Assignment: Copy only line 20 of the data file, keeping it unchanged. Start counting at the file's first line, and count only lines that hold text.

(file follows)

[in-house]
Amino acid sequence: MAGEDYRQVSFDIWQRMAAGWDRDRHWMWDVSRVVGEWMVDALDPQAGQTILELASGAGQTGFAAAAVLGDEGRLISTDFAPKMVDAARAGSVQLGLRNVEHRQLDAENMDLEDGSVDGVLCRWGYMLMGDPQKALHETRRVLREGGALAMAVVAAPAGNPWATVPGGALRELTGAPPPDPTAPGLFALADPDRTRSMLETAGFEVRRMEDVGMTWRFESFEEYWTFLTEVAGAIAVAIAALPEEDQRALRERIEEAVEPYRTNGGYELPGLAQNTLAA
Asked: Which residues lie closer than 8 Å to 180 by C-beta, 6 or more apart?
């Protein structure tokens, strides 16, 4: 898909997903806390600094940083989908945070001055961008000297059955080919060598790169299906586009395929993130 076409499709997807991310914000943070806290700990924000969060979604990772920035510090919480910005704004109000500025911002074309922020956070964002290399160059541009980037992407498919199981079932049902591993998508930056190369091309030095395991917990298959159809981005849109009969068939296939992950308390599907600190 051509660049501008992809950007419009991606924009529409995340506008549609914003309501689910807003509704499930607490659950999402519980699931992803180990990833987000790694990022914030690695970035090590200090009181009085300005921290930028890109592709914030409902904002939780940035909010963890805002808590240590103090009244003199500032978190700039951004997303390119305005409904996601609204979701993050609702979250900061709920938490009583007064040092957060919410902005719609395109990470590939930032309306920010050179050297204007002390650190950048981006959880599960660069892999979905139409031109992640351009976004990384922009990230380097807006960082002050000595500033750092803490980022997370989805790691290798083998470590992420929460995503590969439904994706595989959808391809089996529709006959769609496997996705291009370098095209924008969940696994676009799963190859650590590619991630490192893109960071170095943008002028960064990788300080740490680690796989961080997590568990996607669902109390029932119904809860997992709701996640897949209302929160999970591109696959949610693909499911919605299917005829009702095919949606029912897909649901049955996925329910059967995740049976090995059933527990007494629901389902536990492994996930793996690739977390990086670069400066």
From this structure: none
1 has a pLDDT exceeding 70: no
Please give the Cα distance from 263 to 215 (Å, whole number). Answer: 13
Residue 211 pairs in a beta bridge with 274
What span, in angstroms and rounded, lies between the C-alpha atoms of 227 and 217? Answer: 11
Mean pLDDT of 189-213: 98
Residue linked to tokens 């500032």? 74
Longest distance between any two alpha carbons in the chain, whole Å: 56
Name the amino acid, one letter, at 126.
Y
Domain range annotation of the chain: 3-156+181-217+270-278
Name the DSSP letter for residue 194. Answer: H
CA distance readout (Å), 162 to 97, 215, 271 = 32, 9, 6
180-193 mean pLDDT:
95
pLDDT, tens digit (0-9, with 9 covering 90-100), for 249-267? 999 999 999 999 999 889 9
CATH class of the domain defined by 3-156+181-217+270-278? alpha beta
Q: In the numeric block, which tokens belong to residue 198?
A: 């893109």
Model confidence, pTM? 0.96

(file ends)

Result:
pLDDT, tens digit (0-9, with 9 covering 90-100), for 249-267? 999 999 999 999 999 889 9